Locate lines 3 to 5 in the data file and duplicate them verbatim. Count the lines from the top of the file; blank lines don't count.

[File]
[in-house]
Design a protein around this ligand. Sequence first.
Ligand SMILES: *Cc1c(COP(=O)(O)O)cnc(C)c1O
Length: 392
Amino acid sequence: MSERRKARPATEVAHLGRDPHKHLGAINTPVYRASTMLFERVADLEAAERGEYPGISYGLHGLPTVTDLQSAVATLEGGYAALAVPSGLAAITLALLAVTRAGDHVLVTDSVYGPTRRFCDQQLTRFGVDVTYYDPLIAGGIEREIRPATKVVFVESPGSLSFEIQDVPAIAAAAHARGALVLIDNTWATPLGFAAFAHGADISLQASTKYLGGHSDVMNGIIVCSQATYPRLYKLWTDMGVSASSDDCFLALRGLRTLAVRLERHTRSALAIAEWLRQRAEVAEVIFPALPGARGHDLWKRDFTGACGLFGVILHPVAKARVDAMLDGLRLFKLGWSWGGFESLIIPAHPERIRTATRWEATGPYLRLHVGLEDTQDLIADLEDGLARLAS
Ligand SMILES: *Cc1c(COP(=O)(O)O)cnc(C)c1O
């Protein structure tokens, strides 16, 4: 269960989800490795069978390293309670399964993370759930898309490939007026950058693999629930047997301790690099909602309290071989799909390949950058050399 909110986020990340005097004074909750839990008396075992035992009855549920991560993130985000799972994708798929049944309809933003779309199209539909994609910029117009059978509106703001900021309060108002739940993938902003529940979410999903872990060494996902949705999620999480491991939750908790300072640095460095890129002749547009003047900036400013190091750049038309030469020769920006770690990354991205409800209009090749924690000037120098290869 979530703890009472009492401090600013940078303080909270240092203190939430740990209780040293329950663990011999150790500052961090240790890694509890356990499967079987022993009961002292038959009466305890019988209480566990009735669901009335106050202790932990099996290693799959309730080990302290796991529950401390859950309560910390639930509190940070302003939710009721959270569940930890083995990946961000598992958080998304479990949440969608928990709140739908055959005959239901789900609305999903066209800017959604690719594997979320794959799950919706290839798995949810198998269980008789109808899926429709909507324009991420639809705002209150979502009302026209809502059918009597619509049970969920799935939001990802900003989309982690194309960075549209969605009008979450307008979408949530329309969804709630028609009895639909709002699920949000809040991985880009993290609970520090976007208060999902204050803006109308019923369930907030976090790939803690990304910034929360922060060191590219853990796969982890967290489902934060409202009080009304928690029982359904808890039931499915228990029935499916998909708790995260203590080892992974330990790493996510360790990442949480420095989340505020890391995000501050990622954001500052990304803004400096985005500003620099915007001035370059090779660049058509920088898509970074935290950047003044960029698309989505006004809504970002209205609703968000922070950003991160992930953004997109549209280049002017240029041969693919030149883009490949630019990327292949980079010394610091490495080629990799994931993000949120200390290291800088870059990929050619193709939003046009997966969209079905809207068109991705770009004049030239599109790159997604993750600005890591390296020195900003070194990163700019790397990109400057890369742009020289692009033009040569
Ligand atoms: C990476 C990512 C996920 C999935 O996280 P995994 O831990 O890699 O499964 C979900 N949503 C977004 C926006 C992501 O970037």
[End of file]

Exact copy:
Ligand SMILES: *Cc1c(COP(=O)(O)O)cnc(C)c1O
Length: 392
Amino acid sequence: MSERRKARPATEVAHLGRDPHKHLGAINTPVYRASTMLFERVADLEAAERGEYPGISYGLHGLPTVTDLQSAVATLEGGYAALAVPSGLAAITLALLAVTRAGDHVLVTDSVYGPTRRFCDQQLTRFGVDVTYYDPLIAGGIEREIRPATKVVFVESPGSLSFEIQDVPAIAAAAHARGALVLIDNTWATPLGFAAFAHGADISLQASTKYLGGHSDVMNGIIVCSQATYPRLYKLWTDMGVSASSDDCFLALRGLRTLAVRLERHTRSALAIAEWLRQRAEVAEVIFPALPGARGHDLWKRDFTGACGLFGVILHPVAKARVDAMLDGLRLFKLGWSWGGFESLIIPAHPERIRTATRWEATGPYLRLHVGLEDTQDLIADLEDGLARLAS